Inflation: why is the price of toilet paper more expensive?

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Toilet paper, indispensable in a French family’s shopping trolley, is also seeing its prices rise.

INFLATION – Like coffee, grain or oil, toilet paper is damaged by inflation. Consumer prices continued to rise in April in France, mainly affecting food (3.8% in one year), fuels, gas and electricity.

Less cited but equally essential, products related to hygiene and beauty have also been affected by this lightning-fast price increase for nearly a year. Among them, toothbrush, toilet paper, paper towel and other essentials of daily life.

To understand the reasons for this inflation on hygiene and beauty products, The HuffPost spoke to Grégory Caret, director of the UFC Que Choisir Consumer Observatory, who deciphered this price change in the hygiene and beauty department.

More than 6.3% in the space of a year

Selon le taux d’inflation mensuel, désormais publié chaque mois par UFC Que Choisir, les produits d’hygiène ont vu leurs prix s’envoler en avril 2022 avec une hausse de 6,3% par rapport au même mois l’année last. For Grégory Caret, this trend was particularly rapid: “The change in the prices of products related to hygiene and beauty took place in just two months”.

A significant increase that is already causing a phenomenon of “hygienic precariousness” for a certain number of French people. After the passage of the health crisis, which has now been followed by unprecedented inflation since the mid-1980s in France, some consumers have to work harder and prefer to give up on buying these products to save on the basket rush.

According to an Ipsos study for the Observatory on new consumption E. Leclerc published on April 4, one in six French people is now ready to give up hygiene products as a priority and the figure rises if we focus on products related to beauty: “32% of French people often or very often give up on beauty expenses,” indicates the study.

For financial reasons, 11% of French respondents say they often have to give up soap, 12% toothpaste or toothbrush, 13% shampoo and 14% deodorant.

As for the flagship product, toilet paper, will always remain essential for families, but it is bearing the brunt of rising prices. As indicated at the beginning of April to Paul-Antoine Lacour, General Delegate of the French Union of Cardboard, Paper and Pulp Industries (Copacel), “in one year, in total, the costs in the paper sector sanitation increased 20-40% and the upward trend continues ”.

Multiple reasons intertwined

But where does this sudden outburst come from? To explain this, Grégory Caret does not have a single answer. “Inflation is in the air. With Covid-19 there have been no direct and immediate repercussions, but the effects are only now coming through more channels “.

First of all, the hygiene sector suffered, like the other sections of our shops, the repercussions of the war in Ukraine. “Ukraine is a big producer of oils and grains, and they don’t just end up in your bowl in the morning, but in many beauty and personal care products. As for Russia, it is an important supplier of oil, so the repercussions are direct on the price of the packaging of these products where very often the plastic contained in the packaging is essential ”, he explains.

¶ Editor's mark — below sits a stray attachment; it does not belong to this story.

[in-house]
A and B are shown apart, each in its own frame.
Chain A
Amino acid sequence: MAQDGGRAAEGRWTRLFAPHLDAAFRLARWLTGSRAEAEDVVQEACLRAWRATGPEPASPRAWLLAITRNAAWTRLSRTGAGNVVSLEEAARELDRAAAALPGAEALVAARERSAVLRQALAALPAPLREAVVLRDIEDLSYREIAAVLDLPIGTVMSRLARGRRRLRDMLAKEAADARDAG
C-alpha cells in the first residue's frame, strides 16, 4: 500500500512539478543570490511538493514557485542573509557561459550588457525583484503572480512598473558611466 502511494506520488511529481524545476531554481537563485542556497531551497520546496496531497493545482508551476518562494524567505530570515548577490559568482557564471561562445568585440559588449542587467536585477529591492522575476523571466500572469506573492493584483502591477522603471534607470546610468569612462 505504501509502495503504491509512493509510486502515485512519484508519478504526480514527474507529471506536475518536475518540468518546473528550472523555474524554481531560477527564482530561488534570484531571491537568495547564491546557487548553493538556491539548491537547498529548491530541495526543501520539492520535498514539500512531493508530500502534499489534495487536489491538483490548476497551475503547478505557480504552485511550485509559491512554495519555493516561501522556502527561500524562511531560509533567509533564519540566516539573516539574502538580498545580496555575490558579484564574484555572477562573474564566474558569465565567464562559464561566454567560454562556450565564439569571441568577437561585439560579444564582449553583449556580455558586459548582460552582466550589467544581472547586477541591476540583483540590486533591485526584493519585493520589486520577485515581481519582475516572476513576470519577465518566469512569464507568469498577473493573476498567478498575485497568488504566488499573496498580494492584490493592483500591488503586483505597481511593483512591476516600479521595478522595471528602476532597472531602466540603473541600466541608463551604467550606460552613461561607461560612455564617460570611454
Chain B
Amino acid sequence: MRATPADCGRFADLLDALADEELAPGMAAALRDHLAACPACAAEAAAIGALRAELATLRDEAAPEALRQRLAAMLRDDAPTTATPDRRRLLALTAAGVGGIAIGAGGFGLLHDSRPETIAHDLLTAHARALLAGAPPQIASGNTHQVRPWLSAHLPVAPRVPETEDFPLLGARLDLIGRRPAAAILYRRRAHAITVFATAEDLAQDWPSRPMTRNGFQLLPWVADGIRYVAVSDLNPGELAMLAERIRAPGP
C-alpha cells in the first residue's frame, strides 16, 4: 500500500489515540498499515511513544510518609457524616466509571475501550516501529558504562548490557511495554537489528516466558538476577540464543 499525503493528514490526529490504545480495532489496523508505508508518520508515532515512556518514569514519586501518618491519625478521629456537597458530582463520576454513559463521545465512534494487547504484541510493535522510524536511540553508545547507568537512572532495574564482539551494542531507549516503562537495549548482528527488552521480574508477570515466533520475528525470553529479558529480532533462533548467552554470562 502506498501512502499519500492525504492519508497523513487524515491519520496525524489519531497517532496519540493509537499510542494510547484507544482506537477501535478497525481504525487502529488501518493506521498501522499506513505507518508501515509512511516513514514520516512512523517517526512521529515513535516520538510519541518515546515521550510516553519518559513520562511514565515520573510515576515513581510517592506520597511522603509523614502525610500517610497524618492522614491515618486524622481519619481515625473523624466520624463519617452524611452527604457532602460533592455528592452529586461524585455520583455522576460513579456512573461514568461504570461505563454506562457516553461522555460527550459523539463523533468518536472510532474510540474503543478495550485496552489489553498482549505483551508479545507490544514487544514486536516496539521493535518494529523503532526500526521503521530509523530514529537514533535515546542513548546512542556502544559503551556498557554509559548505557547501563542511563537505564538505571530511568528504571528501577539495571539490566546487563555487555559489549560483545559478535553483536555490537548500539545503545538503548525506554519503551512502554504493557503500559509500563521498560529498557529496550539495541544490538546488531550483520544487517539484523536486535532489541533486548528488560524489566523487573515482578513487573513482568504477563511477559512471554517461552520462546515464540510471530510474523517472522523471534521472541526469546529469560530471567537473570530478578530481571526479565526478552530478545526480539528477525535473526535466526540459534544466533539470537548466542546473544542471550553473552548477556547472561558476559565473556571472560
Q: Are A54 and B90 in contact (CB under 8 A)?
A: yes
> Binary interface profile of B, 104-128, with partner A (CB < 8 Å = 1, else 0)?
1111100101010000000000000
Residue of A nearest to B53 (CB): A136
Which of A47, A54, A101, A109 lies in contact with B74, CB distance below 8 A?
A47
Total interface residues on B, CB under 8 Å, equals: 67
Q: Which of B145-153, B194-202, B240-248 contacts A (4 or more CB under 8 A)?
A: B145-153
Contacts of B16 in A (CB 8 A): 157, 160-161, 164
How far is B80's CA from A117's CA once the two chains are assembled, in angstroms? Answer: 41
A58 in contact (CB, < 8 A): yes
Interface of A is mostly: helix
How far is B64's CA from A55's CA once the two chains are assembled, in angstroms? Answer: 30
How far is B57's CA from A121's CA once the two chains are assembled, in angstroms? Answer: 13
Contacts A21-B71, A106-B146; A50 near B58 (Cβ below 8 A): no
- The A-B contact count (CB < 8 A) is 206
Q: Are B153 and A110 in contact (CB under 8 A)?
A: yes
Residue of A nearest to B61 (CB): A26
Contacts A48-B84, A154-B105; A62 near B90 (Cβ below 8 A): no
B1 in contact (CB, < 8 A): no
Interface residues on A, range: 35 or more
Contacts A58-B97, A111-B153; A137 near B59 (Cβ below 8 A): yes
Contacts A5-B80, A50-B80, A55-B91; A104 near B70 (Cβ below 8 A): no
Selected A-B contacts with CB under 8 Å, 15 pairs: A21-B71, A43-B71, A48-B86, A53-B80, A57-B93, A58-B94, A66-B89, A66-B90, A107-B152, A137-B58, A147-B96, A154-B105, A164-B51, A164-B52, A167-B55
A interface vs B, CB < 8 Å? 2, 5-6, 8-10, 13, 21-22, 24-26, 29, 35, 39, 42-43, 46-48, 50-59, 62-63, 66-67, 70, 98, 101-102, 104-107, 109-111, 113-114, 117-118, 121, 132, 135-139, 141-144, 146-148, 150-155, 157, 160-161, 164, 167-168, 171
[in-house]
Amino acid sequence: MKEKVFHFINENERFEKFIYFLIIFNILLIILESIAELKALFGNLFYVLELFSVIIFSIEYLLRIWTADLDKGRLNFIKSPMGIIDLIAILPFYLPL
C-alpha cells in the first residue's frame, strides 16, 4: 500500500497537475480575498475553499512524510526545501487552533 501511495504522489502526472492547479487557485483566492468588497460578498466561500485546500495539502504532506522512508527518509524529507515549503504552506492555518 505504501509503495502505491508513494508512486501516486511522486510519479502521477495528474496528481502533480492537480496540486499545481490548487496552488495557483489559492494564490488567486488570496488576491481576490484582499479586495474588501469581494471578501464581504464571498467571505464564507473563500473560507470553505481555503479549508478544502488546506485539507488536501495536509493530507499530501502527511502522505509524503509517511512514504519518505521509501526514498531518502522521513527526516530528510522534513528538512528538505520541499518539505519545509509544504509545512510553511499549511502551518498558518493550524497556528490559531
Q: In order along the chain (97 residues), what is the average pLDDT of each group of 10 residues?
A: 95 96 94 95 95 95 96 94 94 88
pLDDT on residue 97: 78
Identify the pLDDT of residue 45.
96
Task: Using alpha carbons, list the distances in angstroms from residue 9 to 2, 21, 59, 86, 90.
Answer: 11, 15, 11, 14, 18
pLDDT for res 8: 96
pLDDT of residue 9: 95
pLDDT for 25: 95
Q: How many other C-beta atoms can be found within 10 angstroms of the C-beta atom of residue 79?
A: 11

But the conflict in Eastern Europe does not stop there, as hydrocarbons, essential for the transformation of some products, are also suffering this inflation. A cocktail that is also damaging the entire paper industry, which is particularly dependent on gas and electricity to transform wood into paper. Same observation for the drying of paper pulp, a particularly energy-intensive process.

And despite often less packaging, paper towels, toilet paper, paper handkerchiefs or sanitary napkins are subject to this record snowball inflation. Another essential fact: the health context in China and its strict health measures, cause in fact a blockade of Asian ports and therefore congestion of international maritime traffic.

“The supply difficulties during the health crisis and the intense restart of global transport that followed the end of the crisis caused a rush for raw materials. All these reasons, added to the shortage of paper pulp, have been intertwined in recent months with the increase in energy prices to reach the prices we know today ”, sums up Grégory Caret.

“Forget cheap products”

To this we must add one last fact, that of climate change. “This inflationary environment is not destined to disappear or to be absorbed, nor are droughts and floods.” The direct consequences of global warming “cause poor harvests around the world and have a lasting impact on all global production,” said the director of the UFC Que Choisir Consumption Observatory.

Enough to draw a very boring conclusion. “We will gradually have to forget about low-cost products, as has happened in the last ten years in a climate of price war between the operators of large retailers”, observes Grégory Caret. However, he would like to add a note of optimism: “We have to greet the government price freeze to curb inflation in France. Especially because compared to some of our neighbors we are doing relatively well ”.

“Qu’il s’agisse du papier toilette ou des produits alimentaires, il va progressivement falloir apprendre à s’adapter, en adoptant de bons reflexes et en ayant une approche plus pragmatique dans notre manière de faire les courses”, ajoute-t- he. To do this, he advises, for example, to buy raw materials, which are cheaper, despite inflation, to “rediscover old habits, long abandoned”.

See also on The HuffPost: Australian authorities no longer want to fight over toilet paper

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